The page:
It’s a lopsided poll for Congress
The coming Lok Sabha elections are lopsided and there is no level playing field, says the Congress party which fears his party may also not get much...
The coming Lok Sabha elections are ‘lopsided’ and there is no level playing field, says the Congress party which fears his party may also not get much media exposure ahead of the big battle.
“Where is the money, it has all been amassed by the BJP. They are sitting on a mountain of money and have cornered all the fleet (of private chartered aircraft),” senior leader and Congress Publicity Committee member Anand Sharma said.
“The 2019 elections are lopsided and not on a level playing field. The BJP has an enormous treasury which will be utilised buy out airtime, print-space, social media space, bill boards and even mobile marketing avenues. In those terms we are way behind,” said Congress spokesperson Sanjay Jha.
Besides a deluge of advertisements in prominent newspapers endorsing Modi governments various schemes, the BJP, also had been the number one advertiser on television in November last during the run-up to Assembly elections in five States.
“The BJP's political desperation is now out in the open and it can go to any extent and do everything in its capacity to thwart the Opposition. Part of those frantic efforts will be booking grounds, auditoriums and vehicles, blocking hotels and motels. They may even go to the extent of buying out vendors who have a big role in supplying campaign and election infrastructure,” said Jha.
Another party leader said the Congress was ‘nowhere near’ the BJP in terms of advertising. “The Prasar Bharti is autonomous only for namesake. Besides, a large number of media houses are either owned or controlled by Modi's cronies. Getting space on TV has become difficult and perhaps unaffordable,” he said.
Since coming to power at the Centre in May 2014, the BJP's financial clout has grown enormously and with the introduction of electoral bonds, the party has been raking in the 'moolah' invariably declaring the highest annual income of all parties.
In 2016-17, the BJP declared an annual income of Rs 1,034.27 crore nearly double of the Rs 570.86 crore, it declared in 2015-16. For the year 2017-18, the BJP declared a total income of Rs 1,027,crore and spent over Rs 750 crore of it in the year.
According to the data by the Association for Democratic Reforms (ADR), the BJP cornered over 93 per cent of donations of above Rs 20,000 pocketing Rs 437.04 crore, which was 12 times more than the rest six national parties.
It also amassed over Rs 553 crore as income from unknown sources in 2017-18 which was four times the aggregate of other national parties. The ADR put the income of the national parties for 2017-18 at Rs.1,293.05 crore, of which the BJP had declared Rs.1,027.33 crore for the period.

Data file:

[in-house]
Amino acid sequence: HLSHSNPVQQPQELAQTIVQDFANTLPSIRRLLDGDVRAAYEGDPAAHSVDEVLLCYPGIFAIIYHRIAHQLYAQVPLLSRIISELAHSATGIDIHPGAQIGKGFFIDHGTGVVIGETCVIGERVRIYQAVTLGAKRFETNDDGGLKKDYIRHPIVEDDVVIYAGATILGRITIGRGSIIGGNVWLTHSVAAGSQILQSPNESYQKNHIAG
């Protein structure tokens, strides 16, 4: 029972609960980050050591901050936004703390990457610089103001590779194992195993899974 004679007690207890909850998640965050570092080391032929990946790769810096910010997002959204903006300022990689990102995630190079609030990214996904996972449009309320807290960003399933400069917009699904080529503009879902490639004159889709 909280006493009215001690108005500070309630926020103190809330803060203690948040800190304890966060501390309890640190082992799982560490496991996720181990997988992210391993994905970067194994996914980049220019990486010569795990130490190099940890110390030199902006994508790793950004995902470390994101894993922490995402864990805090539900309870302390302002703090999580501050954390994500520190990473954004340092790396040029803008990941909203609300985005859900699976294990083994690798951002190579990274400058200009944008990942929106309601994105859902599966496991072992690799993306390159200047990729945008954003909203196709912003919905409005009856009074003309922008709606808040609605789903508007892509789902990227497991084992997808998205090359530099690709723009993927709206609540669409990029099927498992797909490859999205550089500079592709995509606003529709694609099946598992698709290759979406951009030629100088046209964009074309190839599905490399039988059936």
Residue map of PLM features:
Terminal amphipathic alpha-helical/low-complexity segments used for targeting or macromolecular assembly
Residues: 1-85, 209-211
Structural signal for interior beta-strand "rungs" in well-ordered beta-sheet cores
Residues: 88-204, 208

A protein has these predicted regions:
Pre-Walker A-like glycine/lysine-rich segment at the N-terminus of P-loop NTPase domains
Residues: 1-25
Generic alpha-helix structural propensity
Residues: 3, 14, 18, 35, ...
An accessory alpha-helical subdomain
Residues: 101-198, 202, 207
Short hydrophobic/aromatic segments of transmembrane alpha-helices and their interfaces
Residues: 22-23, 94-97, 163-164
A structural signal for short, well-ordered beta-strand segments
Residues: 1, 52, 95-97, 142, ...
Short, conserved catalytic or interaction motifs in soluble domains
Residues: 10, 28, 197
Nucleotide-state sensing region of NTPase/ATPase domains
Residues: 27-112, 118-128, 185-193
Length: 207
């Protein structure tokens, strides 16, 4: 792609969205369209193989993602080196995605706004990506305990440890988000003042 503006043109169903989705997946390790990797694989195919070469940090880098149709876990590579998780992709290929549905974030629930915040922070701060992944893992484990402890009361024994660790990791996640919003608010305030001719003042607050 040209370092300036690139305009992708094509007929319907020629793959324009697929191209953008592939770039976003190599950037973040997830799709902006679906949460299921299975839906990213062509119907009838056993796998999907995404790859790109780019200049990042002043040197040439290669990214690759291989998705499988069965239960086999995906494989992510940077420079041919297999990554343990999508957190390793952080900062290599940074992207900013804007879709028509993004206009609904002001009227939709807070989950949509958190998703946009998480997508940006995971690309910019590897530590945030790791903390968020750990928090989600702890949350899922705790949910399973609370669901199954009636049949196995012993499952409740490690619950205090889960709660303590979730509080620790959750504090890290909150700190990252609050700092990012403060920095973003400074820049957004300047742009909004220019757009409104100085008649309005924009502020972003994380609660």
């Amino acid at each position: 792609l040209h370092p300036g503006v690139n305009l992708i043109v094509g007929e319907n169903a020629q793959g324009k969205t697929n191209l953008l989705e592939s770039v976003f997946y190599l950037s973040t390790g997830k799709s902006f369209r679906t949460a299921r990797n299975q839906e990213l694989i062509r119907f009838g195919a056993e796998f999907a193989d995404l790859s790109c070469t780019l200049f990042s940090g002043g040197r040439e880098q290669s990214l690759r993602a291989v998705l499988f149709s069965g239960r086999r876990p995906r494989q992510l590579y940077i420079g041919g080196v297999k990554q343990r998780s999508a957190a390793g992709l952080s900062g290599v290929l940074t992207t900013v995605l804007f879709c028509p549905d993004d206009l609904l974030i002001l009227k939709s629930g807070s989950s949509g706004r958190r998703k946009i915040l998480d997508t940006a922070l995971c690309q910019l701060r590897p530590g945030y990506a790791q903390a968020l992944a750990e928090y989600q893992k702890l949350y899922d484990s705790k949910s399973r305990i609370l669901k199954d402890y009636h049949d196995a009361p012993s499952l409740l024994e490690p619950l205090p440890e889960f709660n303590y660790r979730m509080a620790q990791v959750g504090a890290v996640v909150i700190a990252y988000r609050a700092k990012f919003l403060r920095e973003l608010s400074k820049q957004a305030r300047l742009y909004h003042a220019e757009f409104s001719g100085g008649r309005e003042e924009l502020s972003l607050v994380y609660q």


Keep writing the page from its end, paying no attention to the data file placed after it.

The income and expenditure of the Congress party for the 2017-18 was not known as the party had not submitted its audited reports to the Election Commission, the last date for which was December 17 last.
The party in 2016-17 had declared an income of Rs 225.36 crore. Besides the BJP's deep pockets, the Congress has also to contend with Ministers, particularly Prime Minister Narendra Modi, using government podiums to canvass for the party, Sharma said.
“As a Prime Minister, Modi holds the record of wasting public money on election campaign. In flagrant violation of conventions and norms, Modi and his ministers have always used government podiums for BJP propaganda as well as to display their vitriol and despise for the Congress,” he said pointing to numerous instances where Modi, while speaking in government programmes, has attacked the Congress and the opposition.
Flush with resources, the ruling BJP seems to have already cornered most of the campaigning resources even before the mega political battle for Delhi starts to unfold.
Struggling to get helicopters to ferry its leaders or grounds and auditoriums for hosting rallies and mass meetings, the Congress says it is facing a severe handicap on this front too.
Sharma could not hide his exasperation over the party's struggle to get choppers. “Where is the money? They (BJP) are sitting on a mountain of money and have already blocked aircraft charters and helicopters in advance,” he complained.
With the BJP in power in a large number of States, the Congress is also apprehensive of not getting permission for rallies or mass meetings from the respective State governments.
Incidentally, the BJP itself has been at the receiving end of this tactic often employed by the Mamata Banerjee-led Trinamool Congress government in West Bengal.
The Banerjee administration has on several occasions denied permission for BJP President Amit Shah's rallies leading to either cancellation of the events or the party having to take legal recourse.
By Anurag Dey